In the international educational context, the negative impact of environmental noise in scholar’s achievement has been studied for the past forty years. This is consistent with world concern upon global environmental change where noise pollution is the main factor that most affects quality of life as highlighted by the World Health Organization (2004).

In a compilation, Evans (2006) states that children exposed to noise showed significant lags in reading skills; he also reports that several studies with kids found links between chronic noise exposure and diminished attention. Considering empiric evidence reported in specialized literature, the present comparative study aims to compare three different schools with differential noise exposure. Study design tested the physical independent variable of environmental noise and attributive independent variables of participant’s sex and age. The psychological variables (dependent) were evaluated with two second-order factors: a) the emotional impact conformed by the annoyance, the interference in the communication with their teachers and with their peers and b) the cognitive impact conformed the speech intelligibility (understanding of the spoken words) and the attention. In addition, the educative variable of reading comprehension was assessed.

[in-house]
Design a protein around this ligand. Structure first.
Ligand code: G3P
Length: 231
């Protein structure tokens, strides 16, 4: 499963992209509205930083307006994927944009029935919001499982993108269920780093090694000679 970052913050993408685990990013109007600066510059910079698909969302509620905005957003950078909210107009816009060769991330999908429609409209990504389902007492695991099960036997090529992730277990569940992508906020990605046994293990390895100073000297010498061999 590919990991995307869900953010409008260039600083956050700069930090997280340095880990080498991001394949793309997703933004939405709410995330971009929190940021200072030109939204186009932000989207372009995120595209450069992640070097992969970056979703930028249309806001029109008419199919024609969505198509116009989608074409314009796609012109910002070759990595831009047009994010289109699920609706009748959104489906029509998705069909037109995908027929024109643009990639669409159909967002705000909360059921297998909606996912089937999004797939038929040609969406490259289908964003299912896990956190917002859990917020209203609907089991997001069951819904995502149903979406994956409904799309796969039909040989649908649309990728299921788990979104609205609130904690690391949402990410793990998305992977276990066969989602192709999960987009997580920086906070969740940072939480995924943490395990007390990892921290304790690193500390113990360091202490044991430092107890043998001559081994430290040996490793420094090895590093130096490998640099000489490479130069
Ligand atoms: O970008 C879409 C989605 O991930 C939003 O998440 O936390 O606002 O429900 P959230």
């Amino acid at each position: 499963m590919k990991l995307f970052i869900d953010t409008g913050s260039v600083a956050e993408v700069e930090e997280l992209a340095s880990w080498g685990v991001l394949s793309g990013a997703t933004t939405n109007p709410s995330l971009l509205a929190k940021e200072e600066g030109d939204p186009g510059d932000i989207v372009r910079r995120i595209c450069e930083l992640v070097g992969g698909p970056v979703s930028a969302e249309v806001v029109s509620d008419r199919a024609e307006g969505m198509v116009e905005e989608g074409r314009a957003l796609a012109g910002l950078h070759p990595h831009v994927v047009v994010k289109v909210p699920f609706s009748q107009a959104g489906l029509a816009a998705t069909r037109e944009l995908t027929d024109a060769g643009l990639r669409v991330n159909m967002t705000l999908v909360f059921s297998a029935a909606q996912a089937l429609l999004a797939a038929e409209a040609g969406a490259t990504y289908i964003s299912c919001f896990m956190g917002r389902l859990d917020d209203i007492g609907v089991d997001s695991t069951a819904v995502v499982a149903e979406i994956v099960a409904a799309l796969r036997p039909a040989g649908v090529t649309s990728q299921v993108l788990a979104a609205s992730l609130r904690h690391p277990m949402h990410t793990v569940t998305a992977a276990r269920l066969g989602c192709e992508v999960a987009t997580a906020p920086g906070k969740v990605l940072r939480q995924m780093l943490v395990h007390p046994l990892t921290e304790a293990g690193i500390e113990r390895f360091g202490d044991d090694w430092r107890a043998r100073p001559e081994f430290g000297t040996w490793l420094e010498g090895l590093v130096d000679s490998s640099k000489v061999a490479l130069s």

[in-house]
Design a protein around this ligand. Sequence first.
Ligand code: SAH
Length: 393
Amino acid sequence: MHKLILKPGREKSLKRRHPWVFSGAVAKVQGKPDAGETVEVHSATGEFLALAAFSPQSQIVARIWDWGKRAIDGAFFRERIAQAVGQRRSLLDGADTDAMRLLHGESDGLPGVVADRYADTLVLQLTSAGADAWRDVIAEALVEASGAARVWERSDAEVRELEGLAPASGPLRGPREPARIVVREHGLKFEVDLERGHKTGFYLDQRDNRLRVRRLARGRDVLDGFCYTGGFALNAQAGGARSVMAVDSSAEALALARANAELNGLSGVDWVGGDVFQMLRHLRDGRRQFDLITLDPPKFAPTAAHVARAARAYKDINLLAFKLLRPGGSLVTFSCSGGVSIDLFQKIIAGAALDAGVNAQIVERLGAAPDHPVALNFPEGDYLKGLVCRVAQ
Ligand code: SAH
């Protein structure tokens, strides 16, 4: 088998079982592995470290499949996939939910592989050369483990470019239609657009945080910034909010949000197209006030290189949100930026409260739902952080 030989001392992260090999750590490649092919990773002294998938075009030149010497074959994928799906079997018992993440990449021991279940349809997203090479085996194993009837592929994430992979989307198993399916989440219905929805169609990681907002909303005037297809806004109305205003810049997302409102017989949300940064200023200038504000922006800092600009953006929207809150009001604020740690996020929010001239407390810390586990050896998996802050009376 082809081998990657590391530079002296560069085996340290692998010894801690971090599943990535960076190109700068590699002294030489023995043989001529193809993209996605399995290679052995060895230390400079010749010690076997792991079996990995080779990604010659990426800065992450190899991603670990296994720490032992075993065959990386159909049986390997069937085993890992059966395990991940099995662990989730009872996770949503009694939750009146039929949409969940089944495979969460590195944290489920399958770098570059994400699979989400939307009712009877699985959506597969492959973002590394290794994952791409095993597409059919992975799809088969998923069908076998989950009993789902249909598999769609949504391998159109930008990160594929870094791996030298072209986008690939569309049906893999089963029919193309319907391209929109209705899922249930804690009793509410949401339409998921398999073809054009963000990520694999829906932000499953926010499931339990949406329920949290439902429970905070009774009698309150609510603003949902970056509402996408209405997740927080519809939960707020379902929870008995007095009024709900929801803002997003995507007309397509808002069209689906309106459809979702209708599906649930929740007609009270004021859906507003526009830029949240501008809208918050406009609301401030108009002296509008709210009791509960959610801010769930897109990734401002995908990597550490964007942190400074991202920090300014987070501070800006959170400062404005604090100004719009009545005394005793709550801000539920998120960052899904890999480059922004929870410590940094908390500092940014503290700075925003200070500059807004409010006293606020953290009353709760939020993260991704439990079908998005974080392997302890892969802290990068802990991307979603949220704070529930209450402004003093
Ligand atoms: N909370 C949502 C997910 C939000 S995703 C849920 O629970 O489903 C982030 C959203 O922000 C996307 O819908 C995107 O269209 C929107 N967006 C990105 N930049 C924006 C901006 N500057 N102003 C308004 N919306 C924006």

The sample was not probabilistic and included 521 elementary school students: 49.3% female and 50.7% male, age 8 to 13 years old, with an average of 10 years. Two types of instruments were used, psychometric scales to assess psychological attributes and a standardized sound level meter to measure environmental noise inside the classrooms. The study was conducted in three public elementary schools that because of their geographical location are exposed to different intensities of environmental noise. The noisiest school recorded an average of 63 decibels, the one with middle noise reached an average of 59 and the one with lower noise averaged 54 decibels. In order to know the simultaneous relationship between acoustic and psychological variables the statistical method of structural equation modeling system was applied.

A Multiple Indicators and Multiple Causes (MIMIC) model was used to compare schools. For the observed data, the tested model has an acceptable adjustment, as indicated by the tests of goodness of fit: x2 = 29.34, p = 0.01, CFI = 0.99, RMSEA = 0.05. Since the model have a significance level of 0.01 an additional criteria was required, the rescaled chi-squared (x 2/df) statistic was also reported and it should be near two (29.34/14). The quotient is a small value and therefore the model is considered acceptable. Finally, the importance of this study relies on the facts that the tested second-order model is supported on theoretical assumptions and that this model fully explains how the noise in the classrooms of the evaluated schools impacts differentially and negatively the psychological and educational processes of students.